To get out the censored story of bloodshed in China to visiting Chinese in South Korea, China democracy activists tried a new method—the flash mob.
About 10 members from the China Democracy Party and the Federation for a Democratic China—activist groups formed by overseas Chinese residing in South Korea—gathered at the commercial district of Myeong-dong in Seoul, the nation’s capital, on May 31, according to nonprofit broadcaster Radio Free Asia (RFI).
After handling out leaflets bearing information about the massacre in Tiananmen Square to Chinese tourists, the Chinese activists quickly dispersed.
The group’s leader, Pu Chengxiu, told RFI that they resorted to flash mob tactics to get their message out to avoid arrest and deportation—none of the activists who participated in the activity have legal residency status in Korea.
Also, while South Korea is a democracy that allows strikes and protests, the police are known to be tough in dealing with overseas Chinese, according to RFI. Hence, the China democracy movement in Korea is relatively low key as compared to other places.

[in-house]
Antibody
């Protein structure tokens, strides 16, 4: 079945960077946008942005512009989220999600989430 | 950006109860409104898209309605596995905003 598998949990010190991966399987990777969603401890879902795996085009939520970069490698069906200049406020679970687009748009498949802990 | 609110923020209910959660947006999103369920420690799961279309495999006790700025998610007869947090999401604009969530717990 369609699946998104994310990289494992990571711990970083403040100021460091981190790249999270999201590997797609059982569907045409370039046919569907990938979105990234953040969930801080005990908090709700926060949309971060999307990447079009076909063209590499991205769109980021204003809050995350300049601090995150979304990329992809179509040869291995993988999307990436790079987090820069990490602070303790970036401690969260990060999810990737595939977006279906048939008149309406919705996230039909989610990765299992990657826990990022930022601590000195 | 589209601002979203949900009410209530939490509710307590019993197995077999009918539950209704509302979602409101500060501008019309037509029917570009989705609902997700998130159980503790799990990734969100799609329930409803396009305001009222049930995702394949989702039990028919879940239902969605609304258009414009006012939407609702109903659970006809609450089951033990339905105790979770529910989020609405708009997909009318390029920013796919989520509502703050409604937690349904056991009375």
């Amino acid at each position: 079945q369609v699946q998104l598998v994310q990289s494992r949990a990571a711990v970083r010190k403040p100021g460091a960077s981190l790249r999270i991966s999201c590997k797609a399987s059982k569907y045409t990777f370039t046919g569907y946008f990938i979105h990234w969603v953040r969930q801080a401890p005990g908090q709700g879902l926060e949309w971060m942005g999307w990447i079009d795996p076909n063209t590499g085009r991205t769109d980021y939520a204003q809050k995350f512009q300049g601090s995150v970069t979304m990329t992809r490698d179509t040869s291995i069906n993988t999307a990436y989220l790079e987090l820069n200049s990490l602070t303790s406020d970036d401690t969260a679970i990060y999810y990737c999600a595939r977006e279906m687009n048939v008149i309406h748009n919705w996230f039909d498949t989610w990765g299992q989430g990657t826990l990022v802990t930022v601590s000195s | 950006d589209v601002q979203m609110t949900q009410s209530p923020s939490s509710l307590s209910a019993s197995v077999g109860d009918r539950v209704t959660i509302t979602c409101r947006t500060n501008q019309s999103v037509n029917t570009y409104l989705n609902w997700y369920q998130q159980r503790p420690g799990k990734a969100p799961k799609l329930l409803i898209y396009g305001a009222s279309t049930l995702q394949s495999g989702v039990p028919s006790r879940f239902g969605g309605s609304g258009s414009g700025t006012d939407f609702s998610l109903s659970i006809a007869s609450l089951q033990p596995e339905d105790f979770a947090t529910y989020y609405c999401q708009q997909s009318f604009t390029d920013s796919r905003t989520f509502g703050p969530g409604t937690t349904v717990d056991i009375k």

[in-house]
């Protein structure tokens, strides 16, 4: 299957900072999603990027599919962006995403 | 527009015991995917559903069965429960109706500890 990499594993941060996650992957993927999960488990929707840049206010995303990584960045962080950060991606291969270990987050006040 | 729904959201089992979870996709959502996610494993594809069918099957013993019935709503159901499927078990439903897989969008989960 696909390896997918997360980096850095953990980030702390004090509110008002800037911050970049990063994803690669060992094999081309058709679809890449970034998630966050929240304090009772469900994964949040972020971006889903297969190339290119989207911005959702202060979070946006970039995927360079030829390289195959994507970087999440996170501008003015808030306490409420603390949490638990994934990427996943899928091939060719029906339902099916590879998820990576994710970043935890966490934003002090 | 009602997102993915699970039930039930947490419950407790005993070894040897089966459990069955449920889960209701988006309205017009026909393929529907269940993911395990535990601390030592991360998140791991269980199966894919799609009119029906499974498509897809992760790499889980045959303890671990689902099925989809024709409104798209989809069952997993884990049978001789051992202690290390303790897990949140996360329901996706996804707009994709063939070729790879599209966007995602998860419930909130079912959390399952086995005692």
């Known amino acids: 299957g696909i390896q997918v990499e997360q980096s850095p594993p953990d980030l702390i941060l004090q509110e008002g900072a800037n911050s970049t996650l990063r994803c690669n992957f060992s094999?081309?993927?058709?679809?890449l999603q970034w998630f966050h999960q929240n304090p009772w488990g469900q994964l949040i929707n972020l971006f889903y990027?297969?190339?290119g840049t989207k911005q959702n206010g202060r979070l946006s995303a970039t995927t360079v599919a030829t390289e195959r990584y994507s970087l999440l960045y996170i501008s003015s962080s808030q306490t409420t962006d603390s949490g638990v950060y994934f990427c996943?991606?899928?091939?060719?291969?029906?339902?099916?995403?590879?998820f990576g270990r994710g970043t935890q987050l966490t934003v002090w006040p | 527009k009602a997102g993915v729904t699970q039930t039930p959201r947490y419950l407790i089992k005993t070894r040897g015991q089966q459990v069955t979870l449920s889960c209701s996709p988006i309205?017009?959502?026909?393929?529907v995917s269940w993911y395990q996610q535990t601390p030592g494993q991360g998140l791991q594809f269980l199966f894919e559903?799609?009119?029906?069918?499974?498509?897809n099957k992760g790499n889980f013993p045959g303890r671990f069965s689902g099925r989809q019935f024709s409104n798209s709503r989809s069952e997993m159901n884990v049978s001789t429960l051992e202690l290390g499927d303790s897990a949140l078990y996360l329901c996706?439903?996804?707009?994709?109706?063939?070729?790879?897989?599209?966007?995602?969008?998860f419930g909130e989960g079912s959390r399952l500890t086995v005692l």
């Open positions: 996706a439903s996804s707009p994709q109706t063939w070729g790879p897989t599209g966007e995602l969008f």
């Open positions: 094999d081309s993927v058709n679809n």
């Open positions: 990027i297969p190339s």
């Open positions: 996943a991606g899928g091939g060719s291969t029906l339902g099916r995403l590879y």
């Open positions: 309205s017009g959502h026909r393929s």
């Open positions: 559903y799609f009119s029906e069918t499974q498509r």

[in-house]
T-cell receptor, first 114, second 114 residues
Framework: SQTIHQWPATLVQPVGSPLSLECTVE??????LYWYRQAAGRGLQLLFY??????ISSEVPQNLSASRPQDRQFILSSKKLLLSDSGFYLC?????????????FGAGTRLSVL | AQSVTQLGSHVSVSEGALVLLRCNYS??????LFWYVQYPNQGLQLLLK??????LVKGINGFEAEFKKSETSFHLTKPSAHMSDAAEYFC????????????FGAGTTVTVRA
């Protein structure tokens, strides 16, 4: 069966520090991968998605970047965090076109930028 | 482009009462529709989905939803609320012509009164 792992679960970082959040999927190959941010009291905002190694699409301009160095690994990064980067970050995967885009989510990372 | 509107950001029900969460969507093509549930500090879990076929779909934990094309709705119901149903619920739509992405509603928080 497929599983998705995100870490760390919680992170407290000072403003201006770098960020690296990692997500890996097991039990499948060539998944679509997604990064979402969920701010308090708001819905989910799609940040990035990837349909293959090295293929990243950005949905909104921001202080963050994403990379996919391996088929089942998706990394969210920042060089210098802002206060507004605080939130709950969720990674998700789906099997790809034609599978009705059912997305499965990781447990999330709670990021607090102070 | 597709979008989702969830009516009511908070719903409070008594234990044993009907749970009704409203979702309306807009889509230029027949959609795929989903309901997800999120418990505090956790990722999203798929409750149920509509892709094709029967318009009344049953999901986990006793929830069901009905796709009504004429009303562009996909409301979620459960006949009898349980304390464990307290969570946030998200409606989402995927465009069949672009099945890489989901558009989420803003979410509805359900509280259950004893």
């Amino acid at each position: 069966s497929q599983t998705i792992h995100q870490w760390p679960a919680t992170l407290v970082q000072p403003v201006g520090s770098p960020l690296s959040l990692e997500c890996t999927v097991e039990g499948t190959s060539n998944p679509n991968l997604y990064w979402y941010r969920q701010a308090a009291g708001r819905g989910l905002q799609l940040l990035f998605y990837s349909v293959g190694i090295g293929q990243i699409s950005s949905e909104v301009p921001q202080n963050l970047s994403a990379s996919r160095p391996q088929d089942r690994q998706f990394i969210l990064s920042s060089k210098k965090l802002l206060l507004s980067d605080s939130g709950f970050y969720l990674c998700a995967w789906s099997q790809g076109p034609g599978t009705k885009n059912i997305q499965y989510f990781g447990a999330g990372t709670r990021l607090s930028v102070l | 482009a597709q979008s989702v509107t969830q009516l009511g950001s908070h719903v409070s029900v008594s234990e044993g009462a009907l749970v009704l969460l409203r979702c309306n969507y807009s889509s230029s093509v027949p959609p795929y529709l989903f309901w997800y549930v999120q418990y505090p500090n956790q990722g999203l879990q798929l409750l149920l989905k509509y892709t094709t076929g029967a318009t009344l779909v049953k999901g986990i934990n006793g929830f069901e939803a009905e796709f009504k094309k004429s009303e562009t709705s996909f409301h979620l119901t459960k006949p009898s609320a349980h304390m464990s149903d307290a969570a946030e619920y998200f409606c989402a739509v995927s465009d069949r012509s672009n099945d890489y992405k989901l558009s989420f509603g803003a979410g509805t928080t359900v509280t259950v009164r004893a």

Distributing leaflets on Tiananmen flash-mob style may seem like a small and seemingly insignificant deed, but the activists carry out the gesture with a sincere heart, RFI reports.
“We will not forget those heroes who were killed, the hardship of the Tiananmen Mothers, and those who have worked for the freedom and democracy in China for the past 26 years,” said Pu.
On June 4, 1989, the Chinese Communist Party launched a crackdown on the tens of thousands of students who gathered on Tiananmen Square to ask for democratic reforms. There is no official figure of those killed by troops, armored vehicles and tanks of the People’s Liberation Army.
Since the events of that day, the Party has practically wiped June 4 from the collective memory of mainland Chinese through whitewashing history and censoring all references to it on the Chinese Internet.
The Tiananmen Square massacre is still remembered at annual commemoration events organized by overseas Chinese. In Hong Kong, the only Chinese territory where Tiananmen events won’t be suppressed, the yearly candlelight vigil at Victoria Park often draws crowds in the tens of thousands.